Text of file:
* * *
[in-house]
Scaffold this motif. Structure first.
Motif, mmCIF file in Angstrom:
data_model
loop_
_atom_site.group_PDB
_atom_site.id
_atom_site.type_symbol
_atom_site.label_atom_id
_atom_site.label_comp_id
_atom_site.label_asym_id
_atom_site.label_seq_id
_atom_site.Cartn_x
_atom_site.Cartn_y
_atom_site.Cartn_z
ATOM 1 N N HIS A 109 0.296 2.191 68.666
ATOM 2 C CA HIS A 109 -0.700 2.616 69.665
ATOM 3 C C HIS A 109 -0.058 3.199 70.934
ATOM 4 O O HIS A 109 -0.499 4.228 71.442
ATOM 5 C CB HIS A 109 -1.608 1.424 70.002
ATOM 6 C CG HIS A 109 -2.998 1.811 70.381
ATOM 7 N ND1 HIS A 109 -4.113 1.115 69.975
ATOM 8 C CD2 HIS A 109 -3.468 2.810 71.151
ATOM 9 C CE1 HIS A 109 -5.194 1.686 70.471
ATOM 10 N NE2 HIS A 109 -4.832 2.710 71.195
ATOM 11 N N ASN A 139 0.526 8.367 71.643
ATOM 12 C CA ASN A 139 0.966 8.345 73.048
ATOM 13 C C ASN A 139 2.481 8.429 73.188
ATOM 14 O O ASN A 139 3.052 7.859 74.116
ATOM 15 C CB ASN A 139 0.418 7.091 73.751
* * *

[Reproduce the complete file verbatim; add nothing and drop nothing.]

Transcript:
[in-house]
Scaffold this motif. Structure first.
Motif, mmCIF file in Angstrom:
data_model
loop_
_atom_site.group_PDB
_atom_site.id
_atom_site.type_symbol
_atom_site.label_atom_id
_atom_site.label_comp_id
_atom_site.label_asym_id
_atom_site.label_seq_id
_atom_site.Cartn_x
_atom_site.Cartn_y
_atom_site.Cartn_z
ATOM 1 N N HIS A 109 0.296 2.191 68.666
ATOM 2 C CA HIS A 109 -0.700 2.616 69.665
ATOM 3 C C HIS A 109 -0.058 3.199 70.934
ATOM 4 O O HIS A 109 -0.499 4.228 71.442
ATOM 5 C CB HIS A 109 -1.608 1.424 70.002
ATOM 6 C CG HIS A 109 -2.998 1.811 70.381
ATOM 7 N ND1 HIS A 109 -4.113 1.115 69.975
ATOM 8 C CD2 HIS A 109 -3.468 2.810 71.151
ATOM 9 C CE1 HIS A 109 -5.194 1.686 70.471
ATOM 10 N NE2 HIS A 109 -4.832 2.710 71.195
ATOM 11 N N ASN A 139 0.526 8.367 71.643
ATOM 12 C CA ASN A 139 0.966 8.345 73.048
ATOM 13 C C ASN A 139 2.481 8.429 73.188
ATOM 14 O O ASN A 139 3.052 7.859 74.116
ATOM 15 C CB ASN A 139 0.418 7.091 73.751